Instructional Coaches are continuing to support teachers and students through consistent, high-quality continuous improvement. Throughout the years we have witnessed educational trends, all in an effort to boost student achievement. Collegial support through coaching helps all schools which impacts the bottom-line, the students!

 

Resource: Denton, Carolyn A, & Hasbrouck, Jan. “A Description of Instructional Coaching and its Relationship to Consultation.” Journal of Educational and Psychological Consultation. 2009.  

6 Keys to Planning and Delivering Effective Professional Learning

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This blog post is part of the CM Rubin World Global Search for Education which poses a question each month to leading educators for reflection and sharing. This month’s question is If you were calling the shots how would you change ongoing professional development for teachers in your community?”

Five years ago I made the leap from the classroom to a consultant role and went from teaching kids to teaching adults. Currently, I support educators in the areas of literacy, technology, AIW, and project-based learning. Working with adult learners is both challenging and rewarding. At first, I was unsure if I was cut out for this new role but over the years I have come to embrace the challenges and celebrate the victories that transfer into wins for kids!

I will be the first to admit I still have room for growth and improvement as a staff developer, but I quickly learned there are major differences between pedagogy and andragogy (the art and science of adult learning). When working with adults I keep in mind 6 Keys to Effective Professional Learning when planning and delivering professional learning. Some of these ideas were introduced to me by Nancy Lockett, as well as through personal studies on my own.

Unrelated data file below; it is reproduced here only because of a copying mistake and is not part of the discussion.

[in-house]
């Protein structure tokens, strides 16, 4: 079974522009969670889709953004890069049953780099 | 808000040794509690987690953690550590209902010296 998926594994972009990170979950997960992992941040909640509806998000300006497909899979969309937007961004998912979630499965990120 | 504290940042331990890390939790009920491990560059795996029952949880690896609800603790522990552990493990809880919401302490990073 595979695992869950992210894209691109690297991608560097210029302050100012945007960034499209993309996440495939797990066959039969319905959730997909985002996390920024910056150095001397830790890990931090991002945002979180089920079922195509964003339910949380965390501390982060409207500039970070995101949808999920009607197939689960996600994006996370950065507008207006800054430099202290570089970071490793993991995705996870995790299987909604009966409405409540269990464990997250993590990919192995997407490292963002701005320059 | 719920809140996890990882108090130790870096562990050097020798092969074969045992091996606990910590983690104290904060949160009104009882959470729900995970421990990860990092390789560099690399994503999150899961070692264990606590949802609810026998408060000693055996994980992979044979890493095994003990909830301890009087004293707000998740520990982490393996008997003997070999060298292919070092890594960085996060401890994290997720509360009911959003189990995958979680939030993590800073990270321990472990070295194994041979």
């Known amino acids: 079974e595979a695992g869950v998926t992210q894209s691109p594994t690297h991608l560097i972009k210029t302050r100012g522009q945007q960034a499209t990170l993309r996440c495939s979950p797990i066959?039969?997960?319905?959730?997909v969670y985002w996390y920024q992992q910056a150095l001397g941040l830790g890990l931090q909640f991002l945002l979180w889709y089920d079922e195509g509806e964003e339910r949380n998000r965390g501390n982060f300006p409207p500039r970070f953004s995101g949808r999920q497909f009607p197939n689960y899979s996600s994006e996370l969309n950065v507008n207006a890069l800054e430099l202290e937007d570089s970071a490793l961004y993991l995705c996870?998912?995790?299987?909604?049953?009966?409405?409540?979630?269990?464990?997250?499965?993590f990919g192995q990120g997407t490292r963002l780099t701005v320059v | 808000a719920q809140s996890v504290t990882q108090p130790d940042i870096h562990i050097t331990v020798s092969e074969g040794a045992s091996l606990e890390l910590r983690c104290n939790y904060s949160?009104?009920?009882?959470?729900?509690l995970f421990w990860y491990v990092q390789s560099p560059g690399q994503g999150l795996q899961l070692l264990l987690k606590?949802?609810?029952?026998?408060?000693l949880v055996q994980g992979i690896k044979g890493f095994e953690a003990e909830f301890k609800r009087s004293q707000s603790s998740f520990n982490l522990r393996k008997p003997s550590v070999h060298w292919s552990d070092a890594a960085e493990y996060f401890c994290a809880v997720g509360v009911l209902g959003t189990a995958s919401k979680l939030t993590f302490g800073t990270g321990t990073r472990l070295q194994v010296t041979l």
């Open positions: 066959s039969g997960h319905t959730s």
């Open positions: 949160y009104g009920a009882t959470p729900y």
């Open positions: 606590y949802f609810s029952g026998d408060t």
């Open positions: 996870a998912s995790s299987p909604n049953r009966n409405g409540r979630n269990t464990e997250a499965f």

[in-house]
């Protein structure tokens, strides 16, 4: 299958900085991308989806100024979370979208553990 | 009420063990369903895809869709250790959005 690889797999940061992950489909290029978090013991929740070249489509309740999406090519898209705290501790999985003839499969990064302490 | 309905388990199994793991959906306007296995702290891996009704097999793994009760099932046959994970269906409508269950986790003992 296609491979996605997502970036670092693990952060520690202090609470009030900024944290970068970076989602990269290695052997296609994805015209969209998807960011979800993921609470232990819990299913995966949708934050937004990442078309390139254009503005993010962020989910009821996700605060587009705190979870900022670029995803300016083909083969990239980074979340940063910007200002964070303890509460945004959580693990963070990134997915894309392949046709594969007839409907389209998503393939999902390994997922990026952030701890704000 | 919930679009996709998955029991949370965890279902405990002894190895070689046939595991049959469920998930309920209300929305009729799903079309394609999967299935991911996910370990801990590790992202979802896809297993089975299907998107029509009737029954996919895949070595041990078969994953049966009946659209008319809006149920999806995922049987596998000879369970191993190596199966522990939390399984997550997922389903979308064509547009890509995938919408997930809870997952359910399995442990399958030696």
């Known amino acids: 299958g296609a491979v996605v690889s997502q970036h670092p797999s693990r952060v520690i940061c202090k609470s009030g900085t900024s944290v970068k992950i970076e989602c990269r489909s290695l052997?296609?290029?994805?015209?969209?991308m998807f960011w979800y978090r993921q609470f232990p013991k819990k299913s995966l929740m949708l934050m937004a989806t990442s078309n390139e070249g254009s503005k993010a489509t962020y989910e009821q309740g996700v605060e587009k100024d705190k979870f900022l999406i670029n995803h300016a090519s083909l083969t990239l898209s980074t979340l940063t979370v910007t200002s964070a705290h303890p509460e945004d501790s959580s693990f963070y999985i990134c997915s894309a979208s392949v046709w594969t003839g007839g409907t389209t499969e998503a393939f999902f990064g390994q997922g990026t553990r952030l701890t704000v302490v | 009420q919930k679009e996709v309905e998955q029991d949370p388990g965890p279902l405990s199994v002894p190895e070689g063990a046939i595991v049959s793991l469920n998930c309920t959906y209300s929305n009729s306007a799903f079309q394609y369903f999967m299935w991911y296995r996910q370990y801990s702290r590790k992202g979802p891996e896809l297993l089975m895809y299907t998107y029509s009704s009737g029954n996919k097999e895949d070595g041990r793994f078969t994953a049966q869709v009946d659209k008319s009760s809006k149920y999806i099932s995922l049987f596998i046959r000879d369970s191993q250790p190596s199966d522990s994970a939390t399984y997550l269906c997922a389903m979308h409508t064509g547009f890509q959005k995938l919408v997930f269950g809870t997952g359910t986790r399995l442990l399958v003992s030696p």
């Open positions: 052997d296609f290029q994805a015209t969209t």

6 Keys to Planning and Delivering Effective Professional Learning:

1. Respect – Establish and recognize the importance of verbal territory. With adult learners, it is essential to get them talking within the first 5 minutes so all voices are heard. It is also a great time to identify the vast knowledge and experience they bring to the learning by having them create a “Group Resume” with their combined years, areas of expertise, certificates, and passions. This could be done as a table and shared out as a large group. Taking time at the beginning of the day to do these activities sets a tone of I value You and, together, We have vast experience and knowledge.